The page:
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Year : 2020  |  Volume : 12  |  Issue : 2  |  Page : 123-129

Logistic regression analysis to predict mortality risk in COVID-19 patients from routine hematologic parameters

1 Department of Medicine, SMS Medical College and Attached Hospitals, Jaipur, Rajasthan, India
2 Department of Physiology, SMS Medical College and Attached Hospitals, Jaipur, Rajasthan, India
3 Department of Physiology, Government Medical College, Barmer, Rajasthan, India
4 Department of Pharmacology, SMS Medical College and Attached Hospitals, Jaipur, Rajasthan, India

Correspondence Address:
Dr. Amit Tak
4, Pushpa Path, Uniara Garden, Moti Dungri Road, Jaipur - 302 004, Rajasthan
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Source of Support: None, Conflict of Interest: None

DOI: 10.4103/ijmbs.ijmbs_58_20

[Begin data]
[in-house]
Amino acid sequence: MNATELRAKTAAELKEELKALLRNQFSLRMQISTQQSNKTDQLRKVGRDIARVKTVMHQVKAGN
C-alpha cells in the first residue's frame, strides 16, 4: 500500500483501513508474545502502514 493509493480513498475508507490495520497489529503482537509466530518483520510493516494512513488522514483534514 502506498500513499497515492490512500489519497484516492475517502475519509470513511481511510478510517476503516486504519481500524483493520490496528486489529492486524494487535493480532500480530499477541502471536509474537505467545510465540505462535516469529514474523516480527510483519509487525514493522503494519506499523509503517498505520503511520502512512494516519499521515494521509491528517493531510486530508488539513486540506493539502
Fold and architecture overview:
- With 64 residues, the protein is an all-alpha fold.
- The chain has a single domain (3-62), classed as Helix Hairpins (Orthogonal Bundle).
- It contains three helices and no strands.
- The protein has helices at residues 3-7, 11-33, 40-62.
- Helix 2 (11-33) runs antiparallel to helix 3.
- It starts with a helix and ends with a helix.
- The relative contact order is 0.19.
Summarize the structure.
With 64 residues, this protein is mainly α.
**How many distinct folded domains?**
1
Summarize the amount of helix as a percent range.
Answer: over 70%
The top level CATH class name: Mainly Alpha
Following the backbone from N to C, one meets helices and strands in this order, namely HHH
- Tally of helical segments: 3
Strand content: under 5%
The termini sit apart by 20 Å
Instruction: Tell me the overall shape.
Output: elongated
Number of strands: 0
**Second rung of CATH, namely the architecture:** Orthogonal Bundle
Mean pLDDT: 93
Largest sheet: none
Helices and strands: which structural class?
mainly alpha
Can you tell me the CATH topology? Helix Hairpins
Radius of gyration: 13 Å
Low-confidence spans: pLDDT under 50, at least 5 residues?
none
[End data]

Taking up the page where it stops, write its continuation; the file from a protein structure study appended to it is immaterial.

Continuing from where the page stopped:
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Background: The triage of coronavirus-19 patients into various strata based on some prognostic indicator might prove a utilitarian strategy in the management of epidemic. The goal of health-care facilities is optimization of the use of medical resources. The present study aimed to develop a predictor model of mortality risk from routine hematologic parameters. Patients and Methods: In this retrospective case–control study, seventy survivors (n = 47) and nonsurvivors (n = 23) were enrolled who were laboratory-confirmed coronavirus disease 2019 (COVID-19) cases from SMS Medical College, Jaipur (Rajasthan, India). The clinical and routine blood profile of the survivors and nonsurvivors was recorded. A logistic regression model was fitted with step-wise method to the above dataset with dependent variable such as survivor or nonsurvivor and independent variables such as age, sex, symptoms, random blood glucose, and complete blood count. The best model was selected on the basis of Akaike information criterion. Results: It was observed that differential neutrophil count (%) and random blood sugar (RBS in mg/dL) are the statistically significant regressors (P < 0.05). The performance metrics of the model with 5-fold cross-validation showed area under the receiver operating characteristic curve, sensitivity, specificity, and validation accuracy to be 0.95, 90%, 92%, and 70%, respectively. The cutoff probability comes out at 0.30 for the outcome (nonsurvivor as success). Conclusion: The study concludes that differential neutrophil count and RBS levels can be used as early screening tools of mortality risk in COVID-19 patients and they assist in further patient management.

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